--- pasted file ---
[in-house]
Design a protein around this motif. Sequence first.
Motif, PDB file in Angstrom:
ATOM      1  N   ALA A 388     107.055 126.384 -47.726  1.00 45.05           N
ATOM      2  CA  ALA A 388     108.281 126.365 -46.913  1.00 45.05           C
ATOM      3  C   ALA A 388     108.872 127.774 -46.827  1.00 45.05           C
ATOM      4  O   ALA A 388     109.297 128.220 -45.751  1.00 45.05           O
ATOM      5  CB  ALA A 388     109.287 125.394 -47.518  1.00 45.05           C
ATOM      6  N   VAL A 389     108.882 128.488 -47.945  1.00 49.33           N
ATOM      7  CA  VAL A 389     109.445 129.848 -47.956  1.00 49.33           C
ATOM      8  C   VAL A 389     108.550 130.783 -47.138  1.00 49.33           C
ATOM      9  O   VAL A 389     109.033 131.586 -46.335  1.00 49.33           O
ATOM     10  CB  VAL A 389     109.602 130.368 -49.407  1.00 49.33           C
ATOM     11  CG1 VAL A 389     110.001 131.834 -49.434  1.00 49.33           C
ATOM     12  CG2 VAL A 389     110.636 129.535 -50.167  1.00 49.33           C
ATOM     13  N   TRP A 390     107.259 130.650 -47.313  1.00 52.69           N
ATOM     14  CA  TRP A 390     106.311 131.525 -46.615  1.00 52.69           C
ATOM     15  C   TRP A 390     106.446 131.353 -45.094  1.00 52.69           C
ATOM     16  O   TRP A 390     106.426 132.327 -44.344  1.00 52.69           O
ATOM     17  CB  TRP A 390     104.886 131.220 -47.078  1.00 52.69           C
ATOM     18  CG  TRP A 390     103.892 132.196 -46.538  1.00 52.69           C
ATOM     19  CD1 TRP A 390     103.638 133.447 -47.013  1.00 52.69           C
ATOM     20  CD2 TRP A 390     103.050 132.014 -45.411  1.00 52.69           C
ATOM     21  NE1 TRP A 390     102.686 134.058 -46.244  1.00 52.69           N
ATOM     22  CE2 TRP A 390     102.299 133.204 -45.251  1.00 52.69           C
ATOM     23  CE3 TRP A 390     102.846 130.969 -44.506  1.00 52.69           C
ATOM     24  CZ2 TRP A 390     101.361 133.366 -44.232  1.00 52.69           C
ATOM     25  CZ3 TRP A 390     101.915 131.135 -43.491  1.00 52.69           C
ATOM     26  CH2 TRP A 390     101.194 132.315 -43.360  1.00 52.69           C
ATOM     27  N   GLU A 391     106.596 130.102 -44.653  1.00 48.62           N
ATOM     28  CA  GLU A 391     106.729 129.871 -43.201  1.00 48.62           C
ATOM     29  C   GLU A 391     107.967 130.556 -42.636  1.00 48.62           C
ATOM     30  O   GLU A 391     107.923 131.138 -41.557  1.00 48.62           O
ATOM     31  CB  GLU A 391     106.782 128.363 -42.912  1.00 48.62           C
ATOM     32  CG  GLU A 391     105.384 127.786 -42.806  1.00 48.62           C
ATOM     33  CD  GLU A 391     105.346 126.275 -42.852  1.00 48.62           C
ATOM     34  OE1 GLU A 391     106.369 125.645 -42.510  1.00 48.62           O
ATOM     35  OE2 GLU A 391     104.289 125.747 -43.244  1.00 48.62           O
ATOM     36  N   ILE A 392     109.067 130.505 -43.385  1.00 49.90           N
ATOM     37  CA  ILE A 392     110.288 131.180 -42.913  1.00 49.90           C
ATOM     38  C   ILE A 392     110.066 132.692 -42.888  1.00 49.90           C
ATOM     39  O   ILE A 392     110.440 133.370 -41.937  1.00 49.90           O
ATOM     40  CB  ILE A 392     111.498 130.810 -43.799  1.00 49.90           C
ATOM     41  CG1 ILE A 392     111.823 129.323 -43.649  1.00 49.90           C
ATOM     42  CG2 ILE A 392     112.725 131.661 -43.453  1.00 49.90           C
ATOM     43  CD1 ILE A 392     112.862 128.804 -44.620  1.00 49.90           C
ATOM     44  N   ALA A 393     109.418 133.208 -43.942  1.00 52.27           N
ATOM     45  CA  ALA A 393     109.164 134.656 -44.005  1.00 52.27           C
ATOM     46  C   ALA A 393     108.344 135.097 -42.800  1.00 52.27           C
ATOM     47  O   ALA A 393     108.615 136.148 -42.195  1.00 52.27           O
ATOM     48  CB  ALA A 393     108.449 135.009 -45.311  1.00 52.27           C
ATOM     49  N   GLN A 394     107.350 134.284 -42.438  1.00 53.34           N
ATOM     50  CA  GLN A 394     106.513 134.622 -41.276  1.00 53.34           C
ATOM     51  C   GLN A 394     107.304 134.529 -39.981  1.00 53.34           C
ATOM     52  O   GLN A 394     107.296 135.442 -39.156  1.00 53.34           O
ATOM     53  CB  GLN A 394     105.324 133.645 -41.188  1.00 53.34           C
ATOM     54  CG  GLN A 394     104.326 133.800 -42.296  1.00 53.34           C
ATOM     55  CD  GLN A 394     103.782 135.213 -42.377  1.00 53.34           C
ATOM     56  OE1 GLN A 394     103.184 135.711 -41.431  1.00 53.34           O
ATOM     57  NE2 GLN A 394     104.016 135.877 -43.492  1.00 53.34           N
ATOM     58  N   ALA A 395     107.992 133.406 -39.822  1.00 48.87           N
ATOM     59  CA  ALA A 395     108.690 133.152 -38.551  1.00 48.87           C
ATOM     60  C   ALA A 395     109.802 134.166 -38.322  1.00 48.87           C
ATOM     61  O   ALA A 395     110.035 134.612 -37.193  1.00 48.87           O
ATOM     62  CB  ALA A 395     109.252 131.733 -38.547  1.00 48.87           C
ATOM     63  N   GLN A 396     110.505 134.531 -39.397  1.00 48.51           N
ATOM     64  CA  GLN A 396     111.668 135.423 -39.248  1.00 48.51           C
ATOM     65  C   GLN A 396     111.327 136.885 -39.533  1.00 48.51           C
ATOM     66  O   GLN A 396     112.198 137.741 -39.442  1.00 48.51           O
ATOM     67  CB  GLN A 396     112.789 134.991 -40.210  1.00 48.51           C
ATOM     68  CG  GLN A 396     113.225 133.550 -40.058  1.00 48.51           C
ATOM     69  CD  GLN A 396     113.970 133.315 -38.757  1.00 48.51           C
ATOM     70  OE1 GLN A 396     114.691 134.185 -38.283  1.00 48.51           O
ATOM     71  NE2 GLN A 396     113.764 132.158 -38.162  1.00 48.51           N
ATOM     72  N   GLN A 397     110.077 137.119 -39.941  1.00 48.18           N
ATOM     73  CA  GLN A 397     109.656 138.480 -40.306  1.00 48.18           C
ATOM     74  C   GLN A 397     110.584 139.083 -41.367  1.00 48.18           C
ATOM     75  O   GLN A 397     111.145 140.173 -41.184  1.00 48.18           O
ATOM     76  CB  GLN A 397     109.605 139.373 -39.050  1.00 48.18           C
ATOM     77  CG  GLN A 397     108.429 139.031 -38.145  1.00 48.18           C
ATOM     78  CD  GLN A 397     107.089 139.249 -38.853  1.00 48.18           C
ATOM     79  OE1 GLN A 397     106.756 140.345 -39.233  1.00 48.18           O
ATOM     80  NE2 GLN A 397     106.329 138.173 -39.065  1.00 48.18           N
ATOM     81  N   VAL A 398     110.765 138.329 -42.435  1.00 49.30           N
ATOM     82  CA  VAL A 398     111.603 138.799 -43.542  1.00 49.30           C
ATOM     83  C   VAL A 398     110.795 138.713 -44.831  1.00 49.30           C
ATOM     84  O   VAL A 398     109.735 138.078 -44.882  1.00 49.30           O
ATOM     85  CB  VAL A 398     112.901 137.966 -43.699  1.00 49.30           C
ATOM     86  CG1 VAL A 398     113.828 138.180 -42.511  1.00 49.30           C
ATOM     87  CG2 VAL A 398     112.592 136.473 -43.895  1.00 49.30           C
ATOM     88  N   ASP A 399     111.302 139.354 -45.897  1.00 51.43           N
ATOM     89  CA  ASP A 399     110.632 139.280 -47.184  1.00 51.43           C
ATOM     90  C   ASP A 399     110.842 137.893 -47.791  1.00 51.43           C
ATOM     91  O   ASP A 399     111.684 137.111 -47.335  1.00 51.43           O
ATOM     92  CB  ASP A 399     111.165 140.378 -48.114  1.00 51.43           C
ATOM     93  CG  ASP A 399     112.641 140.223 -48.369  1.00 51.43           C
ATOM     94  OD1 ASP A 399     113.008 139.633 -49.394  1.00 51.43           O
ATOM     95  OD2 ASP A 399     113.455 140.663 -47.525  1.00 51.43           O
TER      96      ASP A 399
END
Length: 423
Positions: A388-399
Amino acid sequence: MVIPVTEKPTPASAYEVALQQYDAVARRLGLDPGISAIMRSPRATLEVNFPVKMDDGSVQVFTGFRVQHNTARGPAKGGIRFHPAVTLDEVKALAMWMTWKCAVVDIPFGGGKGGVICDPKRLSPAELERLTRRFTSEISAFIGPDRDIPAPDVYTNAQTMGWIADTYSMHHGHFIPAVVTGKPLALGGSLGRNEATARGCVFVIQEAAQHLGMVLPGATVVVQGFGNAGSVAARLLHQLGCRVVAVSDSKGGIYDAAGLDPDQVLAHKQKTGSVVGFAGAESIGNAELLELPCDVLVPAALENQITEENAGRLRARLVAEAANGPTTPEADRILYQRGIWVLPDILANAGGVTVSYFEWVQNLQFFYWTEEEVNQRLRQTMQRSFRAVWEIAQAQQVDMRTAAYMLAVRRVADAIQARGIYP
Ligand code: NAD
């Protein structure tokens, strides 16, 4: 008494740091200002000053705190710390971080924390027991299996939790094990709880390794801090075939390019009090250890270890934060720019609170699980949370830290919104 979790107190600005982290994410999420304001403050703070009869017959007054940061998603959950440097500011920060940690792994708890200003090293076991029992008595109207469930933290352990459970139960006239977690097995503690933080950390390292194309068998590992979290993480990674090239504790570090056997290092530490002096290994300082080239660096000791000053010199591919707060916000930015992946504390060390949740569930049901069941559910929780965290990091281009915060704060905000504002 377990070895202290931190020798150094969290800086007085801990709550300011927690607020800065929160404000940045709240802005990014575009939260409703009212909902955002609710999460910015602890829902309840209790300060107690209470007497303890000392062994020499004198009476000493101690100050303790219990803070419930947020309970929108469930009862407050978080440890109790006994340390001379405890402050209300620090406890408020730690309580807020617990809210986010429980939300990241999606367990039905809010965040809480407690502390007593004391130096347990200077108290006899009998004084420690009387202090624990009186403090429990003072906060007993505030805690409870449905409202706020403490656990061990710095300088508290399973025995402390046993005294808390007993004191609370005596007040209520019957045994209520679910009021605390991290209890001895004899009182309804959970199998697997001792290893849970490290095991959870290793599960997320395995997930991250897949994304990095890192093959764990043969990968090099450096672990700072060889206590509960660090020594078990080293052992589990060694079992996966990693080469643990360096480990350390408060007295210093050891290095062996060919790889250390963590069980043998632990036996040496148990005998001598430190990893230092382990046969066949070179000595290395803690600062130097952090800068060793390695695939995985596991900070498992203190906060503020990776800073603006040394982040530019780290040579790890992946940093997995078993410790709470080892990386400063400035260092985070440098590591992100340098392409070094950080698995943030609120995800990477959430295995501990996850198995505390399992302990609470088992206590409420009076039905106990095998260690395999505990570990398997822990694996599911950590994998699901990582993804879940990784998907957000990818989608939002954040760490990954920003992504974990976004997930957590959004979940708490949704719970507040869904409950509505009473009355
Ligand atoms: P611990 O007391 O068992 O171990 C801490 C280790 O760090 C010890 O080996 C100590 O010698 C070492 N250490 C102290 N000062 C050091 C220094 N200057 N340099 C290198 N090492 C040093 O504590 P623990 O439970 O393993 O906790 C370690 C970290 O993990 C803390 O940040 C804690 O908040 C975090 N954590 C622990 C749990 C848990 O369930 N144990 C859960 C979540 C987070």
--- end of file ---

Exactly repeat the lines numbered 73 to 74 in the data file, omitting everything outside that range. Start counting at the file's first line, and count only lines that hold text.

ATOM     70  OE1 GLN A 396     114.691 134.185 -38.283  1.00 48.51           O
ATOM     71  NE2 GLN A 396     113.764 132.158 -38.162  1.00 48.51           N